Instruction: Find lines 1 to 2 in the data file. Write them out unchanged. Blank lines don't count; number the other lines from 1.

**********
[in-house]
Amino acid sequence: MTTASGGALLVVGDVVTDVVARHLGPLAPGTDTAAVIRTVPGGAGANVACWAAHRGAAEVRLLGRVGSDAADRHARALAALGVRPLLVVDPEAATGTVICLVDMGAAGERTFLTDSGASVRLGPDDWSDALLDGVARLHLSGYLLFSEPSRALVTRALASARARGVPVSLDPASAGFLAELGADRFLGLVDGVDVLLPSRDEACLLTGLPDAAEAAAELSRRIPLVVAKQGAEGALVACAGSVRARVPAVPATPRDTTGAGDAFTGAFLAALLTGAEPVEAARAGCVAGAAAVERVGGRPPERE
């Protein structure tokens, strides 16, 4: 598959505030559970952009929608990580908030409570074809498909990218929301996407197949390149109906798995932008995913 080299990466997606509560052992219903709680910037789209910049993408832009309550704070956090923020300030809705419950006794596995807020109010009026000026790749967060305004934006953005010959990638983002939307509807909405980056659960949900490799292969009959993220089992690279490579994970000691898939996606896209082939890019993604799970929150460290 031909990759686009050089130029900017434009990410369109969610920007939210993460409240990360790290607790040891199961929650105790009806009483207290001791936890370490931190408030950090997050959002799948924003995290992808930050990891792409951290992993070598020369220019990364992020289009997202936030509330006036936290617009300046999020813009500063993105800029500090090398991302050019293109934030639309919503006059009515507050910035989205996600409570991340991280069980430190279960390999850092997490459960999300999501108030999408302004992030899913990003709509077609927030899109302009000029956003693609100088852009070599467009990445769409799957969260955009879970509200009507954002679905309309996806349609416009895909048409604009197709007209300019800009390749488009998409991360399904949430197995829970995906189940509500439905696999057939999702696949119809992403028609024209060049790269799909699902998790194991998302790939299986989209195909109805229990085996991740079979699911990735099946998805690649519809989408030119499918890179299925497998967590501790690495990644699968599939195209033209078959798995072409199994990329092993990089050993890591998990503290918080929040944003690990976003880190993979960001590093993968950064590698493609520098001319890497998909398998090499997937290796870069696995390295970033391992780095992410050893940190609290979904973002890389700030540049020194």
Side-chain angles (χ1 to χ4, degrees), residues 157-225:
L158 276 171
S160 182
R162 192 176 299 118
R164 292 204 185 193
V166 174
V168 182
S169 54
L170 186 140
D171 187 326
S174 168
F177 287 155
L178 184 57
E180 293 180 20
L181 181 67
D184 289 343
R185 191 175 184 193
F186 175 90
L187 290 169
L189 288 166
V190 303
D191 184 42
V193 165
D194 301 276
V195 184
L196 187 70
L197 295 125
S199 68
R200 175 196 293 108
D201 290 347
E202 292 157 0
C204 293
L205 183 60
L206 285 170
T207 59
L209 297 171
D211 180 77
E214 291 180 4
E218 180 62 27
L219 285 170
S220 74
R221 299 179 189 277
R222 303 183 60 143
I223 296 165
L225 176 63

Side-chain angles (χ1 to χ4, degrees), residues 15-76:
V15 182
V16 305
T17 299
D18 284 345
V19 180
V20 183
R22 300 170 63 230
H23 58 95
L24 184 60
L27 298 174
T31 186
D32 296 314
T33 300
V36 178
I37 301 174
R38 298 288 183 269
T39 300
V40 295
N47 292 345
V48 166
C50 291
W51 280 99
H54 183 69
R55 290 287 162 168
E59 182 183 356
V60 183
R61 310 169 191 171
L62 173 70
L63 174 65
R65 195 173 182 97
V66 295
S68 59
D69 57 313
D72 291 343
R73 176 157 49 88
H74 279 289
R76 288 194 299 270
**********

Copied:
[in-house]
Amino acid sequence: MTTASGGALLVVGDVVTDVVARHLGPLAPGTDTAAVIRTVPGGAGANVACWAAHRGAAEVRLLGRVGSDAADRHARALAALGVRPLLVVDPEAATGTVICLVDMGAAGERTFLTDSGASVRLGPDDWSDALLDGVARLHLSGYLLFSEPSRALVTRALASARARGVPVSLDPASAGFLAELGADRFLGLVDGVDVLLPSRDEACLLTGLPDAAEAAAELSRRIPLVVAKQGAEGALVACAGSVRARVPAVPATPRDTTGAGDAFTGAFLAALLTGAEPVEAARAGCVAGAAAVERVGGRPPERE